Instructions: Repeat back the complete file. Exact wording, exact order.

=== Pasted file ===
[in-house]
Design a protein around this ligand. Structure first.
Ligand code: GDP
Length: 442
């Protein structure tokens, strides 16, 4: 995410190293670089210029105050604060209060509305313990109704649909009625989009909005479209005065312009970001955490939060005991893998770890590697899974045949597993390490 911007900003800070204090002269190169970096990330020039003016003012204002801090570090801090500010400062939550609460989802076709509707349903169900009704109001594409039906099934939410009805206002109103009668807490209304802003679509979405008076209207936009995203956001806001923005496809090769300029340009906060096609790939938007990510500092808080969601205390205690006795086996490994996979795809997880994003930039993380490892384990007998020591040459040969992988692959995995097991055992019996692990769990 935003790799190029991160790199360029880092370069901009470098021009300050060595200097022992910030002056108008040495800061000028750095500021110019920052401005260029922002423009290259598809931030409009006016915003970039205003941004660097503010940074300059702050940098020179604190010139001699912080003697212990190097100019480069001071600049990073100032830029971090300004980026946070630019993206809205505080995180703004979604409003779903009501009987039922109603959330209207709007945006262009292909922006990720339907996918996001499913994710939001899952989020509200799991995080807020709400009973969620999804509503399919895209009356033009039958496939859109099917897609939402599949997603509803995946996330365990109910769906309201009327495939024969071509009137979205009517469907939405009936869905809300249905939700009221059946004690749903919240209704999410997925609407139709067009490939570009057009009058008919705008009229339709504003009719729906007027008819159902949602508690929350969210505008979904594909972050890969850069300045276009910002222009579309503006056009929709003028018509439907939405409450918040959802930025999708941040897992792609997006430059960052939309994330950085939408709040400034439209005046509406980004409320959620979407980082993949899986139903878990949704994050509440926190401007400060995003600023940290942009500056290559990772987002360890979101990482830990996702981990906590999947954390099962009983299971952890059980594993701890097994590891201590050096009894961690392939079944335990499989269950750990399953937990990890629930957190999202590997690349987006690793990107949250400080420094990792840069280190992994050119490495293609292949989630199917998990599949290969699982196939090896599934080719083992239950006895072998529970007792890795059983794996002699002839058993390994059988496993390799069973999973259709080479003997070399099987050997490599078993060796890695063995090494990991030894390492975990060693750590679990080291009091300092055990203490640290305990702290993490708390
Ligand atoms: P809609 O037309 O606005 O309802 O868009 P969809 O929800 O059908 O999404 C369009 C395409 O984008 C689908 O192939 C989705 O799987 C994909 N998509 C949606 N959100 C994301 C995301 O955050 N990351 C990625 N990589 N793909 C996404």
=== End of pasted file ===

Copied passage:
[in-house]
Design a protein around this ligand. Structure first.
Ligand code: GDP
Length: 442
């Protein structure tokens, strides 16, 4: 995410190293670089210029105050604060209060509305313990109704649909009625989009909005479209005065312009970001955490939060005991893998770890590697899974045949597993390490 911007900003800070204090002269190169970096990330020039003016003012204002801090570090801090500010400062939550609460989802076709509707349903169900009704109001594409039906099934939410009805206002109103009668807490209304802003679509979405008076209207936009995203956001806001923005496809090769300029340009906060096609790939938007990510500092808080969601205390205690006795086996490994996979795809997880994003930039993380490892384990007998020591040459040969992988692959995995097991055992019996692990769990 935003790799190029991160790199360029880092370069901009470098021009300050060595200097022992910030002056108008040495800061000028750095500021110019920052401005260029922002423009290259598809931030409009006016915003970039205003941004660097503010940074300059702050940098020179604190010139001699912080003697212990190097100019480069001071600049990073100032830029971090300004980026946070630019993206809205505080995180703004979604409003779903009501009987039922109603959330209207709007945006262009292909922006990720339907996918996001499913994710939001899952989020509200799991995080807020709400009973969620999804509503399919895209009356033009039958496939859109099917897609939402599949997603509803995946996330365990109910769906309201009327495939024969071509009137979205009517469907939405009936869905809300249905939700009221059946004690749903919240209704999410997925609407139709067009490939570009057009009058008919705008009229339709504003009719729906007027008819159902949602508690929350969210505008979904594909972050890969850069300045276009910002222009579309503006056009929709003028018509439907939405409450918040959802930025999708941040897992792609997006430059960052939309994330950085939408709040400034439209005046509406980004409320959620979407980082993949899986139903878990949704994050509440926190401007400060995003600023940290942009500056290559990772987002360890979101990482830990996702981990906590999947954390099962009983299971952890059980594993701890097994590891201590050096009894961690392939079944335990499989269950750990399953937990990890629930957190999202590997690349987006690793990107949250400080420094990792840069280190992994050119490495293609292949989630199917998990599949290969699982196939090896599934080719083992239950006895072998529970007792890795059983794996002699002839058993390994059988496993390799069973999973259709080479003997070399099987050997490599078993060796890695063995090494990991030894390492975990060693750590679990080291009091300092055990203490640290305990702290993490708390
Ligand atoms: P809609 O037309 O606005 O309802 O868009 P969809 O929800 O059908 O999404 C369009 C395409 O984008 C689908 O192939 C989705 O799987 C994909 N998509 C949606 N959100 C994301 C995301 O955050 N990351 C990625 N990589 N793909 C996404």